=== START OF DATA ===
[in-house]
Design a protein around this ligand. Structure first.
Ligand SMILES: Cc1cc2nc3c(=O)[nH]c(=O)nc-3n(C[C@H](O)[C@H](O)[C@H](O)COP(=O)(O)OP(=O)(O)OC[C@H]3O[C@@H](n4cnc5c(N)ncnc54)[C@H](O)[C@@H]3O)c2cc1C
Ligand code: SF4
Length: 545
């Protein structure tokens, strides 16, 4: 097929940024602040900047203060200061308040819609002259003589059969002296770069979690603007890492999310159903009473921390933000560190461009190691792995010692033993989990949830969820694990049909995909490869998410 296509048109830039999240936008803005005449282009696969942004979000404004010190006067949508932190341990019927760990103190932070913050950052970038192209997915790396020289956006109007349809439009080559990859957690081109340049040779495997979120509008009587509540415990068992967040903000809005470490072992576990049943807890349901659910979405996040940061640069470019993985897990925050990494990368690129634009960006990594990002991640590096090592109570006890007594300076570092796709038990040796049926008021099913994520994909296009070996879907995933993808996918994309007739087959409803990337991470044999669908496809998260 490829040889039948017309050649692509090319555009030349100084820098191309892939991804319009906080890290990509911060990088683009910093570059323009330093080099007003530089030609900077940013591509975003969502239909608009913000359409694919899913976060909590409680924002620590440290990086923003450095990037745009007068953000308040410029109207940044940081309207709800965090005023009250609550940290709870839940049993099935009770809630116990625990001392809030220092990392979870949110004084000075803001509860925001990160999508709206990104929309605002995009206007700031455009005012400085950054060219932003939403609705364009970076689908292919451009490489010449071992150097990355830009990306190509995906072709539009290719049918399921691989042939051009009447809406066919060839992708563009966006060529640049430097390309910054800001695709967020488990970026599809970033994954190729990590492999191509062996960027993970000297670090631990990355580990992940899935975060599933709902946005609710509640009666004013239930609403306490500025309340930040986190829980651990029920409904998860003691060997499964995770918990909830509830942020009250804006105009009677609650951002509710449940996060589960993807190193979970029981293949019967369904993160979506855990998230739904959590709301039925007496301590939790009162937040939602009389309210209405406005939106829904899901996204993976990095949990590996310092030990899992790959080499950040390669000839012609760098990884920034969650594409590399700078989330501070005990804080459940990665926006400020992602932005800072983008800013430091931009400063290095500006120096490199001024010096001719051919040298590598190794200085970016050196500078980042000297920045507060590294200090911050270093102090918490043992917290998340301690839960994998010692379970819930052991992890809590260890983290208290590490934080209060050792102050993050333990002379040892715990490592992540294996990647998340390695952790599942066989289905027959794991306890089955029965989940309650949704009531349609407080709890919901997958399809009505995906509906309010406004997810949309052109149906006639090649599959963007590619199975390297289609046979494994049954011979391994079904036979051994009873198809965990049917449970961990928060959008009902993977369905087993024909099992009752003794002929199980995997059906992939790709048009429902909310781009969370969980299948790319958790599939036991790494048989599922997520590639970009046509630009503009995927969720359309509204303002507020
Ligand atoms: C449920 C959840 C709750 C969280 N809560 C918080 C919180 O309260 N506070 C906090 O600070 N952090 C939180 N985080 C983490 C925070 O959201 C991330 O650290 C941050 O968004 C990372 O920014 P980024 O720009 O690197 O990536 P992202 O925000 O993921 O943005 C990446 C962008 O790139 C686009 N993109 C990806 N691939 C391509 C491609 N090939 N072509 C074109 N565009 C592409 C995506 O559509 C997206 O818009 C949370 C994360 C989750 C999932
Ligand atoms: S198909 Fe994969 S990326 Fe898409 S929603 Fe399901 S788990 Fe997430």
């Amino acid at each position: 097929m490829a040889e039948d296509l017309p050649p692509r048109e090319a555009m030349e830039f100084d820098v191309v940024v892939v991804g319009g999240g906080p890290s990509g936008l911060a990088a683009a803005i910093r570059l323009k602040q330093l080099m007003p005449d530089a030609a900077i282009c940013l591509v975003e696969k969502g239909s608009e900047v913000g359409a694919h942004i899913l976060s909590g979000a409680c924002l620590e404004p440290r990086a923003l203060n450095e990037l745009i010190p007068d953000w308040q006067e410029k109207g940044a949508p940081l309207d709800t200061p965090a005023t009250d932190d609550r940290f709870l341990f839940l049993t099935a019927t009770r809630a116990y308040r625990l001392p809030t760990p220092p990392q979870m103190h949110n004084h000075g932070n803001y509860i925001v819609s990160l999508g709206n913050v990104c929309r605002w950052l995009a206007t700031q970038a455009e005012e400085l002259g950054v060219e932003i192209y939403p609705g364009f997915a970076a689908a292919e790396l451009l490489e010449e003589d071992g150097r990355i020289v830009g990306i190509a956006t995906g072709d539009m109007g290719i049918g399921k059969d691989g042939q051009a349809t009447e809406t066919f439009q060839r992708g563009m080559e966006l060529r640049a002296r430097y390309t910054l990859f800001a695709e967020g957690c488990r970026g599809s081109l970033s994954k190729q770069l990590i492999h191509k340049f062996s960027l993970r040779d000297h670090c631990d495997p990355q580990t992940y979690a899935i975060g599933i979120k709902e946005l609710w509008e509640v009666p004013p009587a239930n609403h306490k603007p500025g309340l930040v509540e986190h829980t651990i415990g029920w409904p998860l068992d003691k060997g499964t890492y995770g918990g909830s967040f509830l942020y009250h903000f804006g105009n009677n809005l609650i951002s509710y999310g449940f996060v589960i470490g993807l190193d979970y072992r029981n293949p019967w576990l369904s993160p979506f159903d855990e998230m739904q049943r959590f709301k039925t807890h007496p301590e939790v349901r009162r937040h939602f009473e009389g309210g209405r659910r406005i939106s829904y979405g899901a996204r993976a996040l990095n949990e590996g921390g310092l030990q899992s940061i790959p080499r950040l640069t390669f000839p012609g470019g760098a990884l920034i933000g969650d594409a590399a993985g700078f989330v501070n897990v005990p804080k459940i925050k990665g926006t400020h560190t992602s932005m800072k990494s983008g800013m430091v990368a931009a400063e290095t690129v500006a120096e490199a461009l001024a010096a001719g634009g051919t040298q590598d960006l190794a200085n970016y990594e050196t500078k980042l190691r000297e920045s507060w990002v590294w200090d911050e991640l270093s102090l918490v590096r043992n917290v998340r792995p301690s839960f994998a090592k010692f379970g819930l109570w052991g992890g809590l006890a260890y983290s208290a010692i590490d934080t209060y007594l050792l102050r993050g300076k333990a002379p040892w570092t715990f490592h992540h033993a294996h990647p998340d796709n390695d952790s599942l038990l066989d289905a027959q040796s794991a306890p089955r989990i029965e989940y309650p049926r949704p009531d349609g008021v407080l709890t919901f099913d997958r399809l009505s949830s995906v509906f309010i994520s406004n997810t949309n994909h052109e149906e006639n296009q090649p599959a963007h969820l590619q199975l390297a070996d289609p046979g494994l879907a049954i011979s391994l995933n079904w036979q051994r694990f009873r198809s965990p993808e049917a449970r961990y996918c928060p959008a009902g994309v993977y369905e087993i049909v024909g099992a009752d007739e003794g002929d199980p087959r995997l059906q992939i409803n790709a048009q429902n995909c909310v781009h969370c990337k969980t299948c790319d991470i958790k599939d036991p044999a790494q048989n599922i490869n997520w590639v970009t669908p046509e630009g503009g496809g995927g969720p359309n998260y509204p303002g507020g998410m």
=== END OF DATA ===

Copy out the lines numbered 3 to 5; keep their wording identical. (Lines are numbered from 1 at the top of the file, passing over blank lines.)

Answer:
Ligand SMILES: Cc1cc2nc3c(=O)[nH]c(=O)nc-3n(C[C@H](O)[C@H](O)[C@H](O)COP(=O)(O)OP(=O)(O)OC[C@H]3O[C@@H](n4cnc5c(N)ncnc54)[C@H](O)[C@@H]3O)c2cc1C
Ligand code: SF4
Length: 545